Tomorrow, the kitchen gets a floor.

Wednesday, January 18, 2017

Day Ten: Plastered

It's been ten days since the first floor tile was popped up, the shot of the starting pistol that began this race to be the fastest, best kitchen renovator in the business.

It's only been a week and not such a difficult one at that. So far, the most serious argument we've had was over the vegetarian chili that Marty brought home on Monday and that took me until Wednesday to eat. (It was good.) But there's time.

The plaster guys arrived on time (!) at 7:00 this morning. I let them in and went to work. When I returned at 11:35 a.m., they were eating McDonald's on overturned buckets. I apologized for not leaving them chairs. Within about an hour, all the plaster work was done, with a bit of sanding left for me to do tomorrow night, before the floor goes in.

The appliances are scheduled to arrive tomorrow, which will be a small headache, as I accepted delivery of a large special gift, which arrived in two large pieces, for my husband, a prince of a guy. More on that when it's installed for his royal hiney on Friday (I don't want to flush out the surprise!).

This evening, I got word that the cabinets will have to come a day early, as they need to acclimate to our room for two days before being installed. I guess it's natural.

By the 12th day, the floor will be in. By the 14th, the room should be painted. By the 16th day, the cabinets will be here, and by the 19th day, the cabinets will be in. All that's left will be the countertop and hooking up the appliances.

Having a usable kitchen is the finish line, not having a completed backsplash or the track lighting installed. But as I look at this timeline, I realize that we'll be heading into a full month before having a countertop. Sounds like a job for: KITCHEN BITCHER!

Tuesday, January 17, 2017

Kitchen Bitcher

It's Tuesday again. We've been without a kitchen sink since last Wednesday, and it's not been a huge hassle. Marty went to his mother's over the weekend and made a bunch of stew and chili (meatless for me, though it's a bad time to have given up meat, especially since I devoured a box of low-fat Wheat Thins in two days by myself. Can you say Wheat Fats?).

I'd hoped to have the floor installed tomorrow afternoon, but the order's not in yet due to a delay in the molding. It's due in Thursday, so I'm offered any day next week for installation. I also have to sign a new change order to account for the extra $75 I'll spend to have them move the refrigerator a few inches into its cubby after the floor is installed behind it. (The other choice is taking the doors off to move it into the dining room, then putting the doors on so we can use the fridge, then taking the doors off to move it back, then putting the doors back on. Isn't it worth $75?)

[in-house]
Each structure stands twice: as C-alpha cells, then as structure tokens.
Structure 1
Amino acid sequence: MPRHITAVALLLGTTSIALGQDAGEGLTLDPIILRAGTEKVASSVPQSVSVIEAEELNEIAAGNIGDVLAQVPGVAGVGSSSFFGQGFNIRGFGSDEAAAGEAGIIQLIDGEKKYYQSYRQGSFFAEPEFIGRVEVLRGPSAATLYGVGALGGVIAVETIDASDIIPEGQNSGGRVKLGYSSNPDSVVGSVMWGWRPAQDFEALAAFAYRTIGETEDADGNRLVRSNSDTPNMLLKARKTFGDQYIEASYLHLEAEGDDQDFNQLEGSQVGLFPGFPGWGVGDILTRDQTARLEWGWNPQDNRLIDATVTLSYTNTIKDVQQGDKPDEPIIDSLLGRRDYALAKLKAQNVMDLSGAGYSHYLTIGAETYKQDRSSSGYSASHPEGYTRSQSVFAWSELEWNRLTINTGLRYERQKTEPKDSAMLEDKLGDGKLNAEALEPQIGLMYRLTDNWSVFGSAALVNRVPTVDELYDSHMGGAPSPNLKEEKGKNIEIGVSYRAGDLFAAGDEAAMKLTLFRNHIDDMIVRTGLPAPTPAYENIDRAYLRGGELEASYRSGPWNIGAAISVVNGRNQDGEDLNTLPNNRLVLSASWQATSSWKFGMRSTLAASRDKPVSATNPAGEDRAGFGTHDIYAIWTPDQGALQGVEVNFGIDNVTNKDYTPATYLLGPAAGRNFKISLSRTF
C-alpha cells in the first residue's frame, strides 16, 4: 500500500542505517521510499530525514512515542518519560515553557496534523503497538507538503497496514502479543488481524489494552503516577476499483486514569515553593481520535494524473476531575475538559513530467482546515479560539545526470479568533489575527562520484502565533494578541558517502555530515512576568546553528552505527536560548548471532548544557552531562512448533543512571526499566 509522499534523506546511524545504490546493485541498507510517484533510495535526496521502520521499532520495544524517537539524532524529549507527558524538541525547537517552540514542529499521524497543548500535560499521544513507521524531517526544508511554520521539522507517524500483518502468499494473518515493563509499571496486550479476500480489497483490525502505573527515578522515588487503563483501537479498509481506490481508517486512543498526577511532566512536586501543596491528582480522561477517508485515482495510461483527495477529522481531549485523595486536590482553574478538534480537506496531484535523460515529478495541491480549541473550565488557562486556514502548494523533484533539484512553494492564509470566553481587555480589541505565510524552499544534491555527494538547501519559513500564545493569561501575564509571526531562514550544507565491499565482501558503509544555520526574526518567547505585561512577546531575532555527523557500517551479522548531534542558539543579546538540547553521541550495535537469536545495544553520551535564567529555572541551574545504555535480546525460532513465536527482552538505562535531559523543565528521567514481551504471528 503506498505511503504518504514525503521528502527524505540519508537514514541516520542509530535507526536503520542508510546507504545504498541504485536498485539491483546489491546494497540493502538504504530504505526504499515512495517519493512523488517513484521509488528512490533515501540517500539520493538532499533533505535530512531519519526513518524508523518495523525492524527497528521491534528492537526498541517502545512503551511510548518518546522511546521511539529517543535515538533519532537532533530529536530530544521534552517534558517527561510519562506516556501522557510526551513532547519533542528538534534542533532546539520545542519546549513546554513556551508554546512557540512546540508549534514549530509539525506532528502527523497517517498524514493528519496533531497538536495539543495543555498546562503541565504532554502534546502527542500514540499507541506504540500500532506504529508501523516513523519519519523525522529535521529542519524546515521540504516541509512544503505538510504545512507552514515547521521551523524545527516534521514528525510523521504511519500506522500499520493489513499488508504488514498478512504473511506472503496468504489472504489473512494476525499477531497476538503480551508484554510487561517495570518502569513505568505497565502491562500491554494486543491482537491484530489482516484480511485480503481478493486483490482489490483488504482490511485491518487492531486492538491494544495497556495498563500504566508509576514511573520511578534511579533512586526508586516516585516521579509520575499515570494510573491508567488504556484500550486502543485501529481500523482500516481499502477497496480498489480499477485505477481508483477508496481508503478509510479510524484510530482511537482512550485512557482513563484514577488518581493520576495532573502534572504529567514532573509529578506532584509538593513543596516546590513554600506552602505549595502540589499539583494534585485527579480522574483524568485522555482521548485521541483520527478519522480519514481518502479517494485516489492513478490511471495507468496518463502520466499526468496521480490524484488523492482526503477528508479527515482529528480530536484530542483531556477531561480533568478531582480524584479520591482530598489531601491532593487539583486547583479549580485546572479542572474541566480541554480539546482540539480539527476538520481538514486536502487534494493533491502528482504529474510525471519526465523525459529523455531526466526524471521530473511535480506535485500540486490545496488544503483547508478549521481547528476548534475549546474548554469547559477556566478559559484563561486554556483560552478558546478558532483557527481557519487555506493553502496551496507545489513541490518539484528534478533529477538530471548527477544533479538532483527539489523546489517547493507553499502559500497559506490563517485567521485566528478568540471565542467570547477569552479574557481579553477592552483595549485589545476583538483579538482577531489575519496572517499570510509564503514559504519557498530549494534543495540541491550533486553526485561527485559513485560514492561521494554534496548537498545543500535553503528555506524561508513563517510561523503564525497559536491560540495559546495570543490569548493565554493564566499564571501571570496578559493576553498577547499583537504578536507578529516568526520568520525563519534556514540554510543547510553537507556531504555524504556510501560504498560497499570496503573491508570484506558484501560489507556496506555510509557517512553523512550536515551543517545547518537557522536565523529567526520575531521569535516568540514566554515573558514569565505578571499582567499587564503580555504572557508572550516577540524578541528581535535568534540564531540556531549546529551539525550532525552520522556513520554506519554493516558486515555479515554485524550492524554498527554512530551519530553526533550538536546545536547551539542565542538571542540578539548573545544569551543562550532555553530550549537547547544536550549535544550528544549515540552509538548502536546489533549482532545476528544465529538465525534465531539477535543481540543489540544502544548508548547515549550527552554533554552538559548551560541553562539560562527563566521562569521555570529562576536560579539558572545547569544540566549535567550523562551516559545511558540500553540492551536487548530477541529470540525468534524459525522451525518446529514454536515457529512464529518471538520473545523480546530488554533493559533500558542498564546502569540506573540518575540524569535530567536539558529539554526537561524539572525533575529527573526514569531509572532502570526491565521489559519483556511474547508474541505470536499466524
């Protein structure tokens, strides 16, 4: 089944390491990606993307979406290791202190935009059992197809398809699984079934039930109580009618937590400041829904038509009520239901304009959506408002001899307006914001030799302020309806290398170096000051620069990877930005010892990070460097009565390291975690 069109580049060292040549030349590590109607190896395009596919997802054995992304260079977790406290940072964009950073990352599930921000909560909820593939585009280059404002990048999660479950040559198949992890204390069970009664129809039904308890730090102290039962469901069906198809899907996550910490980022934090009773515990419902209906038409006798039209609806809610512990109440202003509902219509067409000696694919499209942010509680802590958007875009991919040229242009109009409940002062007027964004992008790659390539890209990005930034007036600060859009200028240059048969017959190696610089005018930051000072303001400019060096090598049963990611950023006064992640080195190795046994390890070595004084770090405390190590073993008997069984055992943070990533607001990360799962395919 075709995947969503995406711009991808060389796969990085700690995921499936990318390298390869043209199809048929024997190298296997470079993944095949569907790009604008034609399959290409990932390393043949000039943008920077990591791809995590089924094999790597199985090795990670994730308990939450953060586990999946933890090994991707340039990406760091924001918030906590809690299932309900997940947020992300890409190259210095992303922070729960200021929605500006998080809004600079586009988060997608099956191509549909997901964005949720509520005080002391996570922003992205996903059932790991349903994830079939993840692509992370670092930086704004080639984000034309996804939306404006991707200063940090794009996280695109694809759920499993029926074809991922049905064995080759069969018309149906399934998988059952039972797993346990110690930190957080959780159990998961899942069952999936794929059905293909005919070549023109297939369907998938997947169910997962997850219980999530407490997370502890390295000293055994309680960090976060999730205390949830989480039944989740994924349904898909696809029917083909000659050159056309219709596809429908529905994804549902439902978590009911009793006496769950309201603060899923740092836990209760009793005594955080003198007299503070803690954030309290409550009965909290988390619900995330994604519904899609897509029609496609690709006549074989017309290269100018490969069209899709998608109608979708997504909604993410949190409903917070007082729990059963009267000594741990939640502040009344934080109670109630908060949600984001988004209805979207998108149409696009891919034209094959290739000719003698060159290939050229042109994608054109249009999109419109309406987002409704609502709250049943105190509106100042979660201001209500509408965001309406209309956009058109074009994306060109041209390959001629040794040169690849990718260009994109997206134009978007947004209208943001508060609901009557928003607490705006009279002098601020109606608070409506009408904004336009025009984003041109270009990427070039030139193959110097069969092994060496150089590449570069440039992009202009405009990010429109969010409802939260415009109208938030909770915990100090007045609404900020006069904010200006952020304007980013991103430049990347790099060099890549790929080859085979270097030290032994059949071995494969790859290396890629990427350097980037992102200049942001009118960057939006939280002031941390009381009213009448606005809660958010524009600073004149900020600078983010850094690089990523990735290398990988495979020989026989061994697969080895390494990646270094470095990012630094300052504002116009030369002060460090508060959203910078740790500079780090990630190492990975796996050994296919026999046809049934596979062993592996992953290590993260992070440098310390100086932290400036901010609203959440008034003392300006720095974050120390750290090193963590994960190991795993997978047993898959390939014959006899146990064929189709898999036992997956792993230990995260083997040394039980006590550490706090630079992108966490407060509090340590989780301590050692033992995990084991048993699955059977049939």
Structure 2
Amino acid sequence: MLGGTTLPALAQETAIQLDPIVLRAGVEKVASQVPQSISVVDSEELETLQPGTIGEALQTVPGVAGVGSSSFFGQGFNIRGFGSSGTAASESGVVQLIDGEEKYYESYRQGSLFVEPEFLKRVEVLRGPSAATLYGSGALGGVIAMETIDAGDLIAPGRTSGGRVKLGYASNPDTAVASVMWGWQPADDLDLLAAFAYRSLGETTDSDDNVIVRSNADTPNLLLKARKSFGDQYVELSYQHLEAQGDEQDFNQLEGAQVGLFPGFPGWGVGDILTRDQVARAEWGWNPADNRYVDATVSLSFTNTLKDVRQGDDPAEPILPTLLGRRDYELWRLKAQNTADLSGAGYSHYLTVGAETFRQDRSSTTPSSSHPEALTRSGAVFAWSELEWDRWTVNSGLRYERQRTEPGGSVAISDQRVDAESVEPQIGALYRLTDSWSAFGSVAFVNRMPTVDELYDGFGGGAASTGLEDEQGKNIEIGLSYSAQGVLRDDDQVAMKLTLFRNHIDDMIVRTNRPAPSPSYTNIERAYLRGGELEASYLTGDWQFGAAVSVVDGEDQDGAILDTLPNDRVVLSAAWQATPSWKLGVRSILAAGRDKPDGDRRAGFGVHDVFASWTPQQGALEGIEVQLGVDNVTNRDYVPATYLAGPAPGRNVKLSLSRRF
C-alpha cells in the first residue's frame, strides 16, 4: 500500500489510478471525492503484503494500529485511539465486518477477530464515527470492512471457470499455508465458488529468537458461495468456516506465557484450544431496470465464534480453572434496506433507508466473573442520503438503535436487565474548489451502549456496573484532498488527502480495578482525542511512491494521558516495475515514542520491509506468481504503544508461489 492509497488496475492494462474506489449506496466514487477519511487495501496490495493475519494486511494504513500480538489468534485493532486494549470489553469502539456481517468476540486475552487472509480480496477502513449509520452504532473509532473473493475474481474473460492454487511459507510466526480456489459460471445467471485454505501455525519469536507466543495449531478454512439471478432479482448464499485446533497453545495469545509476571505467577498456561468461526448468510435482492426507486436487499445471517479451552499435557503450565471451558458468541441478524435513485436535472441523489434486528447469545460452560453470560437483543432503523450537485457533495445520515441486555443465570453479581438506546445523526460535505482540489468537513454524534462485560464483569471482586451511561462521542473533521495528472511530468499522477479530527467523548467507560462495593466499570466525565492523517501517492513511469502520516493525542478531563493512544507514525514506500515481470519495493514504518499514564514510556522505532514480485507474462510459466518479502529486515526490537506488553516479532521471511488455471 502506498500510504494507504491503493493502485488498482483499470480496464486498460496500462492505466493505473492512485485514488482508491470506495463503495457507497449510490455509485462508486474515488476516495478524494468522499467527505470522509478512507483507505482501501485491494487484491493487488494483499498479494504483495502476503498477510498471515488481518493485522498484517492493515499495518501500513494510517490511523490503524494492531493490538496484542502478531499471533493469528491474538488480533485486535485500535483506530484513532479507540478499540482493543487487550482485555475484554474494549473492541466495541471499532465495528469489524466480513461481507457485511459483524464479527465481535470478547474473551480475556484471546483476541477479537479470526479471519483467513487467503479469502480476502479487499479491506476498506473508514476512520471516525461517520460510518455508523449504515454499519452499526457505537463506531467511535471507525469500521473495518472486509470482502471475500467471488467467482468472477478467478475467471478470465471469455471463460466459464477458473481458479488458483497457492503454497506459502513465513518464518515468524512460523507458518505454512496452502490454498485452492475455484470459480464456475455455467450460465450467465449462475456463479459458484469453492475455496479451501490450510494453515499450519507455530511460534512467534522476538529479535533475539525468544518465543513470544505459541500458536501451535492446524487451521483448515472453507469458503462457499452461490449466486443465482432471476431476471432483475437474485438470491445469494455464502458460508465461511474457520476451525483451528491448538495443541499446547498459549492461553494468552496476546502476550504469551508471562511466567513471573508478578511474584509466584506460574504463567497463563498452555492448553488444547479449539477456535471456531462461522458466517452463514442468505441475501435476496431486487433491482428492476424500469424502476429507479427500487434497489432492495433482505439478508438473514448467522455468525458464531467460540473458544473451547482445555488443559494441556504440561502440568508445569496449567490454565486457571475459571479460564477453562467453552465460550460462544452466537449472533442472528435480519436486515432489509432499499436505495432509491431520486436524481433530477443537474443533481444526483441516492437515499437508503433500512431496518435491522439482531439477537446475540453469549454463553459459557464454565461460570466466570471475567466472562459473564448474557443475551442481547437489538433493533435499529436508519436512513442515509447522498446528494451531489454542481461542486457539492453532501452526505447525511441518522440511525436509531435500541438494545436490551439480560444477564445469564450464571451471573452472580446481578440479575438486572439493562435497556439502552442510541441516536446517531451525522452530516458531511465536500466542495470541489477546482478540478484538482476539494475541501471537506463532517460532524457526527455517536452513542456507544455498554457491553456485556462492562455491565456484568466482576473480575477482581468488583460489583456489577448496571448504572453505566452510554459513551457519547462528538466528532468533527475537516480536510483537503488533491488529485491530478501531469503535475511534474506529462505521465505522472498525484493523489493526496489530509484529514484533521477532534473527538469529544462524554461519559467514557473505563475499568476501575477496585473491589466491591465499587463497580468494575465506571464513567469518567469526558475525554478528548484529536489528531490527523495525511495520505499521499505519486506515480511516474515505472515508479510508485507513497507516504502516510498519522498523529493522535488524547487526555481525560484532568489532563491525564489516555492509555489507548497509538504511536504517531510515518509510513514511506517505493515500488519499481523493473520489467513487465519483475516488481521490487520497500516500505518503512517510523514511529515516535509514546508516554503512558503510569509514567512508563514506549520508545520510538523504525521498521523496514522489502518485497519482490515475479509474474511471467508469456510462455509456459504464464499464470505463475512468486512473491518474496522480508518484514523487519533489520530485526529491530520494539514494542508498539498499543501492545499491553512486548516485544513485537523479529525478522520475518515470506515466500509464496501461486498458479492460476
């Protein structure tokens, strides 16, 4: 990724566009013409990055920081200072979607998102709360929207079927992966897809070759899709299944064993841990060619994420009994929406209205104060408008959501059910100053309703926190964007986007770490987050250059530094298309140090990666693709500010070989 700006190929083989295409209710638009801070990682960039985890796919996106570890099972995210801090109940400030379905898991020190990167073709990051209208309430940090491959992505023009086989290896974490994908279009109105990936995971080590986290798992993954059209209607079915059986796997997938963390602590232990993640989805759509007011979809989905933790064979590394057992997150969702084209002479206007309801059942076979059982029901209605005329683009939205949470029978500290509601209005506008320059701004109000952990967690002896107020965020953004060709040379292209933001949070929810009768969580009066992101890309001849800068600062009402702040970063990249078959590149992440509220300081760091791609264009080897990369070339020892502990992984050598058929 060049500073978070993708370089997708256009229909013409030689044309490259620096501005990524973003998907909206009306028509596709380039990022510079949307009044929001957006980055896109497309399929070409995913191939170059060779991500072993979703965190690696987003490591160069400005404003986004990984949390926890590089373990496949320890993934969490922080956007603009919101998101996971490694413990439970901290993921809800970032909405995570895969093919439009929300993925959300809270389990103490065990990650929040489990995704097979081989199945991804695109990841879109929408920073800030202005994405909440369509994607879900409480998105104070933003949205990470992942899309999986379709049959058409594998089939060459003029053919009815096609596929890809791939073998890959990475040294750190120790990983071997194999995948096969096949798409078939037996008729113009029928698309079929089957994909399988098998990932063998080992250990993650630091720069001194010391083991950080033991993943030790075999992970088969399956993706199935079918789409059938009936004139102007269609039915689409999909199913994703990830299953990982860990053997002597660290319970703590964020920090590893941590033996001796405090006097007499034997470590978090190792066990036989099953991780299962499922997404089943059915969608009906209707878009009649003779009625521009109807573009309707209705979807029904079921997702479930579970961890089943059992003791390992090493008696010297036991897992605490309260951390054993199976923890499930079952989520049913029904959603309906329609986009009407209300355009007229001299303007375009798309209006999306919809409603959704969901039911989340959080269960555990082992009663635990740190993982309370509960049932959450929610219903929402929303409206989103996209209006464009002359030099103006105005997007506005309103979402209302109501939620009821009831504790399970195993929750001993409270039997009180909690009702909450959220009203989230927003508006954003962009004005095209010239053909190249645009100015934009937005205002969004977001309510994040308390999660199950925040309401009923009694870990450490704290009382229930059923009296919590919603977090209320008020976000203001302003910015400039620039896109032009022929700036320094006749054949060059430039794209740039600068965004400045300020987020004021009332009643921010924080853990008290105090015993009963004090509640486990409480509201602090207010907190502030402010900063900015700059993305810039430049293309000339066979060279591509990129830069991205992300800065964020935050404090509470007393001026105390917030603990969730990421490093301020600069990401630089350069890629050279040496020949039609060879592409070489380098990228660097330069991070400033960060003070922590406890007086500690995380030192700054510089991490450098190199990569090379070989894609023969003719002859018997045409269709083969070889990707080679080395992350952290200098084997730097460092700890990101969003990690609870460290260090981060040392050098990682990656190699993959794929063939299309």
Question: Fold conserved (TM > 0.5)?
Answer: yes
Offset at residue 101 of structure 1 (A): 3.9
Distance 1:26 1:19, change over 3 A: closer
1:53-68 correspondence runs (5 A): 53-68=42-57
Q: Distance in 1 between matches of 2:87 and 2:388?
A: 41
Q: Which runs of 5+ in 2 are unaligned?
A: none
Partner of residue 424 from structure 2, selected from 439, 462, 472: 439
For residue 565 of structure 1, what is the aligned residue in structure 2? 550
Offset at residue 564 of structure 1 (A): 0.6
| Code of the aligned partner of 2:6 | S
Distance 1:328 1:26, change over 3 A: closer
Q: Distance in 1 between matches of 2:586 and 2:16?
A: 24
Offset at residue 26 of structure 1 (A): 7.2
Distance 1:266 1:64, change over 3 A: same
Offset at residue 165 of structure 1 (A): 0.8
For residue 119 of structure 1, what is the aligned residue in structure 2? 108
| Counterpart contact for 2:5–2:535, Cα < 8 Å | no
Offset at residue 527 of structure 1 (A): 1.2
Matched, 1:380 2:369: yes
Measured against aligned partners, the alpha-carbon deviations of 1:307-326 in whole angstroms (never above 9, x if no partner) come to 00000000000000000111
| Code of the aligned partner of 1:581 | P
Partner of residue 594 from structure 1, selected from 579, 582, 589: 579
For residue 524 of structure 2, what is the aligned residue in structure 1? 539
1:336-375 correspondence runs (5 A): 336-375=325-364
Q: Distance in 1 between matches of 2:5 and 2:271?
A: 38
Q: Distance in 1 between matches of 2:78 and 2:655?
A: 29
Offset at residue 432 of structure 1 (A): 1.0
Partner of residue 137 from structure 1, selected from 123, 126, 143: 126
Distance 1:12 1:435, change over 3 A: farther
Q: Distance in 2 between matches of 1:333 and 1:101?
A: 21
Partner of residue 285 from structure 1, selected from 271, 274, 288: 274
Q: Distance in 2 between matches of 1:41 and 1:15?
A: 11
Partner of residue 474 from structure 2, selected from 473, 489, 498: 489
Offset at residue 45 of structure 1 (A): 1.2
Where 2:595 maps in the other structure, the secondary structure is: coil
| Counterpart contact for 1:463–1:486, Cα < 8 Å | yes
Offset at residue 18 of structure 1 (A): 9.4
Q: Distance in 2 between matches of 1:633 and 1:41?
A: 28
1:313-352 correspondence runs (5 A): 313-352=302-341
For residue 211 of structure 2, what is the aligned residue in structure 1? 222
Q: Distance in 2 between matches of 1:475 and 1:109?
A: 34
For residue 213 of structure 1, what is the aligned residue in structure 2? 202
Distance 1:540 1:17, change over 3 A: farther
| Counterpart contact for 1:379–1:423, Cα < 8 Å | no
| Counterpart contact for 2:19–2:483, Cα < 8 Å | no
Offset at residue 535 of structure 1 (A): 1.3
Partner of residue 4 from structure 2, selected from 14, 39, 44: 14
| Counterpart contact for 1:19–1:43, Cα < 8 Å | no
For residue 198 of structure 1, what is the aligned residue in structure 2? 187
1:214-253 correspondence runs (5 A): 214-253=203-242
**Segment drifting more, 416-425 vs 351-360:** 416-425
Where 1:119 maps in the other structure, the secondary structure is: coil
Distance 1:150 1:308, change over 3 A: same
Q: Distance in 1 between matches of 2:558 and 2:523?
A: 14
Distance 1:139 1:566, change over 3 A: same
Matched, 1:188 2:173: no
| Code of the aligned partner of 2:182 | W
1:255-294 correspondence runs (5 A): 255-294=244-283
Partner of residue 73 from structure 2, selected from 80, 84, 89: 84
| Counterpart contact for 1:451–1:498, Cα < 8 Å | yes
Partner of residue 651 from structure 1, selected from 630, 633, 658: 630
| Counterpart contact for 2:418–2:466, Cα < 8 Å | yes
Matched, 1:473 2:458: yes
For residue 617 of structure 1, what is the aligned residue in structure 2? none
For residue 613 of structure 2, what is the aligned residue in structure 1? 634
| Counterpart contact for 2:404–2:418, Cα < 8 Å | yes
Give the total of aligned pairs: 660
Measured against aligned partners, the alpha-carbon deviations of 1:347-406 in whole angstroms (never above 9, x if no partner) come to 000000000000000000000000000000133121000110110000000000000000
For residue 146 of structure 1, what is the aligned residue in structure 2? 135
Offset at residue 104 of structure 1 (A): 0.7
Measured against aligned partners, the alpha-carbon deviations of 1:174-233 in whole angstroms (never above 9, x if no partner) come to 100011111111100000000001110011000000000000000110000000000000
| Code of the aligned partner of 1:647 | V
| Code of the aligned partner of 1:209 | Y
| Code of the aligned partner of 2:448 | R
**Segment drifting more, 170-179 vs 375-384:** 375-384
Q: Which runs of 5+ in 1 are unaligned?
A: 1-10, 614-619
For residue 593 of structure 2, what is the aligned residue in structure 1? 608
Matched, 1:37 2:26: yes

At the same time I learn that the floor can't go in until next week, I hear from the appliance company, who will be delivering a stove, a dishwasher, and a microwave on Thursday. I also hear from the cabinet company, who will deliver 18 cabinets on Wednesday. That's tomorrow. Where will all these things go? ACK!

I call the floor company and beg them to install on Friday. And for some reason, it's still "a pleasure working with you, Mrs. Miller." Next, I text the wall plasterer and beg him to come on Wednesday. I beg the cabinet hangers to come do the upper cabinets on Thursday. That should cut down on some of the traffic, right? Right?

After a brief unpleasant discussion with my husband, who wants to know where in hell I think we'll be able to put the path from the steps to the kitchen, through mountains of boxes, I dash off a quick note to the kitchen designer to see if the cabinets can wait till next week. I never thought I'd postpone anything.

From the start, it was my ultimate goal not only to get the kitchen of my dreams but to get it in record time. I'm looking to beat six weeks, start to finish. By the end of week two, I'll have a floor and smooth walls (and maybe some paint).

If this works, I'll hire myself out as a kitchen bitcher.

Nothing Happens on the Weekend

It's the weekend—and a long one at that. And nothing happens on the weekend. So I decide I'll paint. I set up and pick a starting point, but there's no wall that's ready. They all need sanding and more spackle and smoothing. I'm sneezing anyway. I'm a doer, so I continue looking for stuff I can putter with. I paint a stripe of the new color on the back wall. Ack! It's the exact value of the previous color but a tad bluer. I don't mind it, but it's not exactly it. Maybe once the whole room is painted? I go back to bed.

On Sunday, I paint the back door with the semi-glass version of the same paint. Ack! It's baby blue. No, no, no.